The perfect artist studio
As a painter, I’ve been through so many studio incarnations but I’ve never really been in a position to create the perfect space. I’m not sure if that really exists, so much of a space is dependant on my work at the time (the work is the only thing that has had more incarnations than studios). Of late, I must admit that I’m getting closer. It’s still a compromise, there’s always a little niggle here or there so I’m always fine tuning what’s important for me to be creative. My environment needs to inspire, if I don’t want to be there – then that’s a problem. It needs to be practical and this is probably the hardest part. My needs change with my work. When I’m scumbling and pushing paint on a large canvas I need a sturdy, upright solution to hold my ground steady. If I’m working in a more fluid way I need a flat surface which requires a lot of space and is open to getting really messy.
Storage is the real achilles heel. Just when you hit your stride and the ideas are flowing and translating really well… I run out of room. That brings distraction and flow goes out the window or onto the floor and usually ends up with a foot print on it. With all that said read on for my tips on laying out a productive artist studio.
Do we really need it to be productive or is it just another convenient excuse not to start?
7 tips for setting up an artist studio
- Floor space or wall space? – BE OBJECTIVE ABOUT YOUR ARTS PRACTICE! Decide what you REALLY NEED to start/continue producing work depending on your situation. We all want the idyllic studio but until you are making some money from your art can we afford it? l’ve often bypassed my expensive easel in favour of a block of wood nailed to the wall or a decent bit of floor space.
- Can your space be fluid? – Right now I have my best easel attached to the wall on roller door runners. I can move it from side to side or completely out of the way. My main painting table has some ad-hoc wheels screwed to the legs – it moves more than I do (maybe that’s not a good thing).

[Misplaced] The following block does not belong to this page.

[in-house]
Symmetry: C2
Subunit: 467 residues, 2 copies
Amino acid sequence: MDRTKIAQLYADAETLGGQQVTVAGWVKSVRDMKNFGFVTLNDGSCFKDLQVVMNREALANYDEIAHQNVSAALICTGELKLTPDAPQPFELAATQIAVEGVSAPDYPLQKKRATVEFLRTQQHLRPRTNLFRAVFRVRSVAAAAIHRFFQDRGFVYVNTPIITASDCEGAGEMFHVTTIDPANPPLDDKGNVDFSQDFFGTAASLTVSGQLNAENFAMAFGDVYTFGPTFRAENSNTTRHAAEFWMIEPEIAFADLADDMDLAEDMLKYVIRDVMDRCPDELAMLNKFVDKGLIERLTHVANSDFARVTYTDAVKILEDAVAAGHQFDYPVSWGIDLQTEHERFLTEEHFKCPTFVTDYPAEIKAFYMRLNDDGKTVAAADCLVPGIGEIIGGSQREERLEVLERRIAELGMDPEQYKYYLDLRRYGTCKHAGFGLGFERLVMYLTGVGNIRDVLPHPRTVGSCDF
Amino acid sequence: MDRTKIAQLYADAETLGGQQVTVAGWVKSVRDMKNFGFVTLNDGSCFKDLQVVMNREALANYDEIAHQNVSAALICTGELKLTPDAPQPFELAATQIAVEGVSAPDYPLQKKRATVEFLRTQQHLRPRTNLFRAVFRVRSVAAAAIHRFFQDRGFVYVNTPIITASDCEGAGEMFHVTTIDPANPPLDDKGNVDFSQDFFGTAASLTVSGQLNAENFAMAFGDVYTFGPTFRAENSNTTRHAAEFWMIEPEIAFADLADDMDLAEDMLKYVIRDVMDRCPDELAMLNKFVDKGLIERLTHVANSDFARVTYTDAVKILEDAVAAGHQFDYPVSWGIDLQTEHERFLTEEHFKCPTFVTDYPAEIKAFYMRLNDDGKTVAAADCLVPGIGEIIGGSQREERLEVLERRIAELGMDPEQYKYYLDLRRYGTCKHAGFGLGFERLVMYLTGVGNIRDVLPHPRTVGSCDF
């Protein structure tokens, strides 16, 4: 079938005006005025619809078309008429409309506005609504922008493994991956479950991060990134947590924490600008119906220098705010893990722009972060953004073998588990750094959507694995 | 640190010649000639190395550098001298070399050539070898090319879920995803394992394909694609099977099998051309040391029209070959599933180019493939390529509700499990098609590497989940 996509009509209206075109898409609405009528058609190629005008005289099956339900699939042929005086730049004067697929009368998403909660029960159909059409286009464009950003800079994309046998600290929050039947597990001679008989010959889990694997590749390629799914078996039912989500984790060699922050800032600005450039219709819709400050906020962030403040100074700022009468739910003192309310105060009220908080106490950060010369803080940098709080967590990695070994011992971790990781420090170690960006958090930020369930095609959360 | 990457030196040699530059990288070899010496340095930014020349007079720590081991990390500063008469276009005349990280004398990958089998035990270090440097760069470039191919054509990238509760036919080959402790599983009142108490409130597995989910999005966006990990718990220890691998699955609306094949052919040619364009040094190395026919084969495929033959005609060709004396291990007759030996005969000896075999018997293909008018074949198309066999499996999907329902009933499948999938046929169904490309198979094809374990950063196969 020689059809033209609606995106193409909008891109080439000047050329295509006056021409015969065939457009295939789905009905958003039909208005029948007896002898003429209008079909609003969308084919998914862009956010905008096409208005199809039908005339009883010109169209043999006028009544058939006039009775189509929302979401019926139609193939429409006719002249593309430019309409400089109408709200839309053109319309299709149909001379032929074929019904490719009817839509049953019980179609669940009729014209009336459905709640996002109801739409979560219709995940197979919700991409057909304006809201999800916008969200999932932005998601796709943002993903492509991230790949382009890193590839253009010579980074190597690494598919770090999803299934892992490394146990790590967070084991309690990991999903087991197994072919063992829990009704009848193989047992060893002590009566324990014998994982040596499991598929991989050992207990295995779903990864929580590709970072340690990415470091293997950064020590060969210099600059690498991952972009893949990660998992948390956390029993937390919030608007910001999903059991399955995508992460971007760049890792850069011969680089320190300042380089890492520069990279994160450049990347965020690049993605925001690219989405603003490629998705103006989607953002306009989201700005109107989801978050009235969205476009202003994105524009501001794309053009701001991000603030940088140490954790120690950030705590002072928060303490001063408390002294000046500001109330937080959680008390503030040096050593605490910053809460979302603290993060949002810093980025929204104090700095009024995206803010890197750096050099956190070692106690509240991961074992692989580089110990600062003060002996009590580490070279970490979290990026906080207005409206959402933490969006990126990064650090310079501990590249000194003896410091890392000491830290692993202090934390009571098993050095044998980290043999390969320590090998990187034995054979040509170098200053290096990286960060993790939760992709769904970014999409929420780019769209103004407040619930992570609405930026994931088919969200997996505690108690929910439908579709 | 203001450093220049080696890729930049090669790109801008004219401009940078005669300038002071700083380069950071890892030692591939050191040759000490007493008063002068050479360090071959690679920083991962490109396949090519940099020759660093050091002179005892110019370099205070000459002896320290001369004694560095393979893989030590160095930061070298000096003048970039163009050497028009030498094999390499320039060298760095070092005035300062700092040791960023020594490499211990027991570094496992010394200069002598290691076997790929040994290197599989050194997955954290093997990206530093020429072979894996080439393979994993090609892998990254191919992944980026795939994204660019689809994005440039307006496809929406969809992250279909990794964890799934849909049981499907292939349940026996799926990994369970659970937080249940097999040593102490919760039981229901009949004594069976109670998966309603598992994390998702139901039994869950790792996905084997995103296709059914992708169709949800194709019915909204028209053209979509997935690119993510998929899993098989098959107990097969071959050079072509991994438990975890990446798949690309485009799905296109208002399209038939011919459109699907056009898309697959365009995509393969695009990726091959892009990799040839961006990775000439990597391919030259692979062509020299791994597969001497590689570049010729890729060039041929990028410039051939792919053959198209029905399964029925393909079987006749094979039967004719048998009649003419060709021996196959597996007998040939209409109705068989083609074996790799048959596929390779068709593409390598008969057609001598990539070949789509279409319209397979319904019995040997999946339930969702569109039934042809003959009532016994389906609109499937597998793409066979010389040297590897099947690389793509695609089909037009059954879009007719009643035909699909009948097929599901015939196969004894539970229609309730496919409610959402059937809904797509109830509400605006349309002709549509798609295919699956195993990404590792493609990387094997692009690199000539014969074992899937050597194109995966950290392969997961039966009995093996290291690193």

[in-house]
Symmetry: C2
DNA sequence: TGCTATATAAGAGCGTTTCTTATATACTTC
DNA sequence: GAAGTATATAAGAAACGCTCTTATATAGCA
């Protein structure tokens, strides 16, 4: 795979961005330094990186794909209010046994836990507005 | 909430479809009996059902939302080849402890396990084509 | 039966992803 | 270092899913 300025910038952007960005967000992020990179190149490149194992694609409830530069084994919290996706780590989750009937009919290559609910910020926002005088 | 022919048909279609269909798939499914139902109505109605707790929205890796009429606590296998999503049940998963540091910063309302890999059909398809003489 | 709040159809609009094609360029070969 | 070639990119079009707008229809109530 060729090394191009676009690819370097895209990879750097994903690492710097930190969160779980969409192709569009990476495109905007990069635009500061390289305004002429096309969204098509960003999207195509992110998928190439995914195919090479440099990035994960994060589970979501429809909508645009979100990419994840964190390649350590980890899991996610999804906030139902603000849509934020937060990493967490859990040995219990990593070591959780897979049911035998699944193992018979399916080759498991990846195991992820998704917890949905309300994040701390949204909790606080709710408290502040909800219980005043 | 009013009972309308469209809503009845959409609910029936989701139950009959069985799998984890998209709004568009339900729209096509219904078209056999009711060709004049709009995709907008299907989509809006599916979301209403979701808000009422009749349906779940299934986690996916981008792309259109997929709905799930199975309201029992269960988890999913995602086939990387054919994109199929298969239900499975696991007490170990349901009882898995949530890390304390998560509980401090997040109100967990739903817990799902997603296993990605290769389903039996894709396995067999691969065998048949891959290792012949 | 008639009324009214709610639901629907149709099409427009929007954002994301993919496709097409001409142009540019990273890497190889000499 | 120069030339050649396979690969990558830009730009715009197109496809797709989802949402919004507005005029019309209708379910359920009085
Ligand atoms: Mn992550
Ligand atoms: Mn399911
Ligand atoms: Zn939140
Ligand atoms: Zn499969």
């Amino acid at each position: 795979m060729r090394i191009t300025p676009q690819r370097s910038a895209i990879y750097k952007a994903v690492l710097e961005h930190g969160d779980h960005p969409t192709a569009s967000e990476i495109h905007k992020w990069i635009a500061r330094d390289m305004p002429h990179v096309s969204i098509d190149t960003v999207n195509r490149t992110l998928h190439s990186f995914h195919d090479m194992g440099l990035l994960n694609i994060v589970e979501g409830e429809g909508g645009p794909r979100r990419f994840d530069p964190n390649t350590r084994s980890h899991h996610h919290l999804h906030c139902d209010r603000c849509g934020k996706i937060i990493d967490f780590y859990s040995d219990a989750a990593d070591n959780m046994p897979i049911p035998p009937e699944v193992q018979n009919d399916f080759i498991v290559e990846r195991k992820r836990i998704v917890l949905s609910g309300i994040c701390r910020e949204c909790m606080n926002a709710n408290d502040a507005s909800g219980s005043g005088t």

- Use protection – whether you own your space or you are renting it, no matter if your studio is the kitchen table for the day, a spare room or a corner of your lounge, taking the time to protect your surfaces and surrounding areas will serve you well in the long run – and save time cleaning up. Reusing things like big plastic bags to line a wall or floor space if fantastic. Become a bit of a hoarder whenever you hear of someone getting something big delivered, mattress, fridge or TV wrapping is your best friend! To get started you can buy some large garbage bags, cut the bottom seam off and slice up one of the sides and you’ve got yourself some large waterproof sheets. If it’s a more permanent set up, it’s worth keeping a look out at DIY stores for some cheap vinyl flooring. Often they will have the end of 2-3 metre wide rolls going out cheap.
- Equipment – if you are setting up a space you will already have some artist materials in boxes or containers. Think about any furniture you have that you can use for storing it all, it needs to be accessible otherwise you may as well throw out materials you can’t easily access. I look for items that can be moved around without help or better still on wheels. I’m always buying wheels from DIY stores and screwing them to the bottoms of old drawer units. Opportunity shops are a great cheap way to kit your space out. An old coffee table with a glass top (glass is your friend!) or a cheap fold-up trestle table will work a treat. Collecting a few cardboard boxes, newspapers, even old towels can be handy along with any waterproof containers like yogurt tubs, ice cream containers or fruit cups.
- Don’t buy genre specific – Yes, I use good quality paints and brushes. But I also use plenty of shit quality ones. You don’t need to spend money on quality brands. Some of your paint may not even be artists paint. Why prep a canvas with Matisse white and quality brushes? Why use brushes at all? Consider using rollers.
- Good lighting – goes without saying, super important. Natural light is great if you can get it but that’s generally reserved for artists beyond worrying about space. The main thing is to try and position your light source so you won’t cast a shadow over your work space. Fluorescent lighting is the way to go, it’s soft and powerful. A cheaper alternative is a cheap lamp with the shade removed, invest in the strongest power saving LED ‘frosted’ globe for softer light. What ever your final setup, try to match your light temperatures if you have more than one light source otherwise your colours will be inconsistent.
- Setting your space up – I’ve learnt that no matter how well thought out the layout of your space is, big or small, don’t waste too much time agonising over having it perfect because I can guarantee it will not stay like that. The sooner you stop fluffing about and start cracking on with your work, the quicker your space will evolve organically.